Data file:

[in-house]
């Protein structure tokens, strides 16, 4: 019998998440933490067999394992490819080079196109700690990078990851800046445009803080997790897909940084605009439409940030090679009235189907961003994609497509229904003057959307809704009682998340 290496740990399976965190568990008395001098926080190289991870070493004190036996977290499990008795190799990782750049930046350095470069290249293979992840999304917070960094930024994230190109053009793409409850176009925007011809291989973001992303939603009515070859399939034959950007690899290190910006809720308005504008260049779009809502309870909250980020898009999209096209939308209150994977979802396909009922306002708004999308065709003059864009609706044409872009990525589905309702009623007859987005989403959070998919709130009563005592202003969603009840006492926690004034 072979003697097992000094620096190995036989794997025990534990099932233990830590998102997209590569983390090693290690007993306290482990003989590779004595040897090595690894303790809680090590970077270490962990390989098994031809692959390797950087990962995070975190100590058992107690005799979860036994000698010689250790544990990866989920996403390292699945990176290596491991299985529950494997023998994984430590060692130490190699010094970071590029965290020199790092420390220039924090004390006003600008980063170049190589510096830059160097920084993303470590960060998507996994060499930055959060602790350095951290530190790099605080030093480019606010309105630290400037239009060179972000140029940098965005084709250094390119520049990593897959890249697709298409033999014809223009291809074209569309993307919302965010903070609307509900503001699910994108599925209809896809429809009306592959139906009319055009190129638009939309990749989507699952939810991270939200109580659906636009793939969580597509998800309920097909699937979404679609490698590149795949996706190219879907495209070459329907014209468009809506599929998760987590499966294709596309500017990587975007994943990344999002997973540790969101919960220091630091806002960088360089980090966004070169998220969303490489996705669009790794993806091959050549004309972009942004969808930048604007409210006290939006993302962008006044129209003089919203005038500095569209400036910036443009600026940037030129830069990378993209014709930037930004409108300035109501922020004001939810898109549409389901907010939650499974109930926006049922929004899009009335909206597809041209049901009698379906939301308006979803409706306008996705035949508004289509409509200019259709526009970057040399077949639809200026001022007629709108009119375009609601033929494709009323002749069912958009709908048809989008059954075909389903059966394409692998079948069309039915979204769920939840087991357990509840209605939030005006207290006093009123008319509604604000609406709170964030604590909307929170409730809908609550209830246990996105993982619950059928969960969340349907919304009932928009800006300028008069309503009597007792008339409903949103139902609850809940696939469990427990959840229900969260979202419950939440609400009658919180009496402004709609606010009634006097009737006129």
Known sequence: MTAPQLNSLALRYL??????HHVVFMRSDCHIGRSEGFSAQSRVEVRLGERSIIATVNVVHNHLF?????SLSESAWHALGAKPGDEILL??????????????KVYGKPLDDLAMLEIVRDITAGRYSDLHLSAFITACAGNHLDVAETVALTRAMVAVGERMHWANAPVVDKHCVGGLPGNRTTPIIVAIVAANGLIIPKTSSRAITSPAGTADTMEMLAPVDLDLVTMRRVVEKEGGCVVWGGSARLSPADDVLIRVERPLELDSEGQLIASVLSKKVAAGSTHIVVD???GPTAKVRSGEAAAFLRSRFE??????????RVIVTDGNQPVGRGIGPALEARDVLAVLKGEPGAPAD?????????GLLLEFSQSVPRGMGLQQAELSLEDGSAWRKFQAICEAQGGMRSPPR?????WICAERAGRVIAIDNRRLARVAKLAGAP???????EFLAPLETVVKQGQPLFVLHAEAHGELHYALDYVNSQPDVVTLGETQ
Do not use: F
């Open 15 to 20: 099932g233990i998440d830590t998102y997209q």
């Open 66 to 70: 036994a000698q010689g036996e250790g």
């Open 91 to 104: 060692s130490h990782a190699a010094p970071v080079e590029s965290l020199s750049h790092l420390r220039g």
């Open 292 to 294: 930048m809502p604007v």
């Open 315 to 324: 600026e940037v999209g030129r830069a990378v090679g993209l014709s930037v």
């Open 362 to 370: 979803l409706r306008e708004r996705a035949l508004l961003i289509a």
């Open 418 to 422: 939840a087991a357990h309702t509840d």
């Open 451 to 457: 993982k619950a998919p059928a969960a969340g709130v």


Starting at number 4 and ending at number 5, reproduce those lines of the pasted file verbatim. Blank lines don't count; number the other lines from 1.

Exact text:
Do not use: F
């Open 15 to 20: 099932g233990i998440d830590t998102y997209q």